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ICARE Newsletter Summer 2016

What Are the Endometrial Cancer Risks Among BRCA Carriers?

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Although BRCA mutations confer increased risk for ovarian, fallopian tube, and primary peritoneal cancer, there have been limited and conflicting risks reported for endometrial cancer. Consequently, current practice guidelines only recommend the removal of the fallopian tubes and ovaries as a risk-reducing option for BRCA carriers.1 Specifically, through a prospective study of 4500 women with a BRCA mutation, there were 17 women identified with endometrial cancers (13 in BRCA1 and 4 in BRCA2) with an average follow-up time of 5.7 years.2 This suggested an overall endometrial cancer risk of 2-fold; although risks were higher (~4-fold) in those who received tamoxifen. The incidence of endometrial cancer was 2% at 10-years among those treated with tamoxifen. A subsequent study by the same group suggested the increased endometrial cancer risks among those with a history of tamoxifen use was associated with progesterone-only hormone replacement therapy, which warrants further study.3 These findings suggest that tamoxifen contributed substantially to the endometrial cancers seen among BRCA1 mutation carriers, although the actual risk is still fairly small. Consequently, in those considering tamoxifen, it may be important to discuss hysterectomy at the time of risk-reducing salpingo-oophorectomy (RRSO).

More recently, a prospective study of almost 1,100 BRCA carriers who had previously undergone removal of their tubes and ovaries, demonstrated an increased risk in BRCA1 carriers for a type of endometrial cancer called serous/serous-like. In this study, 8 women with endometrial cancer (of which 5 were serous/serous-like) were identified over an average follow-up time of 5.1 years.4 This suggested an overall elevation in endometrial cancer risk of almost 2-fold. The association of serous/serous-like endometrial cancer is particularly relevant as it only accounts for approximately 10% of endometrial cancer cases in the general population and is typically associated with aggressive disease and poor prognosis. As eloquently reviewed in the Leath et al editorial for this article,5 the risk of serous endometrial cancer among BRCA1 carriers may warrant a discussion of the potential risks and benefits of hysterectomy at the time of RRSO as well as a discussion about the limitations of our current knowledge in order for patients to make an individualized decision. In fact, a recent report of cancer risks among relatives of over 1000 BRCA mutation carriers detected no increased risk of endometrial cancer,6 highlighting the limited (if any) elevation of endometrial cancer risk. Taken together, these findings emphasize the need for further studies to refine risks and determine the need for hysterectomy both at time of RRSO as well as the role (if any) of risk-reducing hysterectomy among those who have already had an RRSO (as the risk of a second surgery may be greater than the risk of endometrial cancer).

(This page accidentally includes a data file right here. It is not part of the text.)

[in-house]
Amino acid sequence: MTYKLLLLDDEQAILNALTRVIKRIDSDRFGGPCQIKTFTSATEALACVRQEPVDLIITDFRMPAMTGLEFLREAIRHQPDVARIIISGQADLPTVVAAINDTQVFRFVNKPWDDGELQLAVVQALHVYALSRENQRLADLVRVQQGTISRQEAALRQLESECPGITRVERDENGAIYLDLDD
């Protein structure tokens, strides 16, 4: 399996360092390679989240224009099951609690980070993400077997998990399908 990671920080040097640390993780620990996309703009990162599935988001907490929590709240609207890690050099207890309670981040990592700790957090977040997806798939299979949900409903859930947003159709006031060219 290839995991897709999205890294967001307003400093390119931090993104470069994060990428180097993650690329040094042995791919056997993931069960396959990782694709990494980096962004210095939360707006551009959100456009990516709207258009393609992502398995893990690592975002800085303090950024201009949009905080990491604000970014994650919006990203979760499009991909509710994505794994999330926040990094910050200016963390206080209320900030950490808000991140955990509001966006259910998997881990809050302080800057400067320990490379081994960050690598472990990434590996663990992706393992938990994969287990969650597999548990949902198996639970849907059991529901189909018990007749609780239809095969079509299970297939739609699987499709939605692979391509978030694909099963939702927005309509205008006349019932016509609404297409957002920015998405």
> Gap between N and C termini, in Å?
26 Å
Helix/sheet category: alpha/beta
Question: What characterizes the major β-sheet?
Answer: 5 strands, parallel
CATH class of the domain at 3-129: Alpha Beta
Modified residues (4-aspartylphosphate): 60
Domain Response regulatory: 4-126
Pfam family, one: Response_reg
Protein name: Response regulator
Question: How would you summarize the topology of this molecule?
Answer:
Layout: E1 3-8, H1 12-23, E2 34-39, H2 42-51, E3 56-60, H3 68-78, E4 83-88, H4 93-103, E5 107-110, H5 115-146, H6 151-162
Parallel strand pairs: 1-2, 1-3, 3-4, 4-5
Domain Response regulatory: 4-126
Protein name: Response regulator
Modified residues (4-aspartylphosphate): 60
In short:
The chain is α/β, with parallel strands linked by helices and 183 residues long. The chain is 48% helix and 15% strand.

1National Comprehensive Cancer Network. NCCN Clinical Practice Guidelines in Oncology. Genetic Familial High-Risk Assessment: Breast and Ovarian. Version 1.2016. Retrieved from: www.nccn.org.
2Segev Y, et al. Gynecol Oncol. 2013 Jul;130(1):127-31. PMID: 23562522.
3Segev Y, et al. Fam Cancer. 2015 Sep;14(3):383-91. PMID: 25838159.
4Shu CA, et al. JAMA Oncol. 2016 Jun 30. PMID: 27367496.
5Leath CA, et al. JAMA Oncol. 2016 Jun 30. PMID: 27367041.
6Streff H, et al. Oncologist. 2016 Jul;21(7):869-74. PMID: 27306910.

Permanent link to this article: https://inheritedcancer.net/9nls2016/